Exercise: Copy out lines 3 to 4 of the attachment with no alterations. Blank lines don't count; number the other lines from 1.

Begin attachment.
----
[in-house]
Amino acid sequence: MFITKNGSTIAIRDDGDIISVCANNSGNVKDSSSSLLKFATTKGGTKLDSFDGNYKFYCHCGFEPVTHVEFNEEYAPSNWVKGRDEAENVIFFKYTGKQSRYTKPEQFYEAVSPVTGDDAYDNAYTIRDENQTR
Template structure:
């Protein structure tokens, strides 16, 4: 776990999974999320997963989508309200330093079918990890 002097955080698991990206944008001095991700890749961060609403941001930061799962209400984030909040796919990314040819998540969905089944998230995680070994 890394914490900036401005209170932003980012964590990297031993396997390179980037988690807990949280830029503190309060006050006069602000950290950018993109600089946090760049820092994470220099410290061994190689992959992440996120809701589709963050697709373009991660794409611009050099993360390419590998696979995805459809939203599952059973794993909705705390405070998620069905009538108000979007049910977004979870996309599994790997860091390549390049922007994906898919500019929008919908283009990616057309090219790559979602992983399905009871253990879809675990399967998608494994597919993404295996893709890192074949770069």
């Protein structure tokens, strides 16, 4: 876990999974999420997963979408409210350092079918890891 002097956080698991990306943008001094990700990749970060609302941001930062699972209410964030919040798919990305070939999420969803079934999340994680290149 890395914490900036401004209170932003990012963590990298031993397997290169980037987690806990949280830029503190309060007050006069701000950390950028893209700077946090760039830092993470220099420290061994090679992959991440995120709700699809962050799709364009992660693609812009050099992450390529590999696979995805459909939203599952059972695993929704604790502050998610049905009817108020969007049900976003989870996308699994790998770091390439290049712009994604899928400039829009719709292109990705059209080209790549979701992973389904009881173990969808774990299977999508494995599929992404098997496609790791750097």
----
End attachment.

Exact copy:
Template structure:
């Protein structure tokens, strides 16, 4: 776990999974999320997963989508309200330093079918990890 002097955080698991990206944008001095991700890749961060609403941001930061799962209400984030909040796919990314040819998540969905089944998230995680070994 890394914490900036401005209170932003980012964590990297031993396997390179980037988690807990949280830029503190309060006050006069602000950290950018993109600089946090760049820092994470220099410290061994190689992959992440996120809701589709963050697709373009991660794409611009050099993360390419590998696979995805459809939203599952059973794993909705705390405070998620069905009538108000979007049910977004979870996309599994790997860091390549390049922007994906898919500019929008919908283009990616057309090219790559979602992983399905009871253990879809675990399967998608494994597919993404295996893709890192074949770069």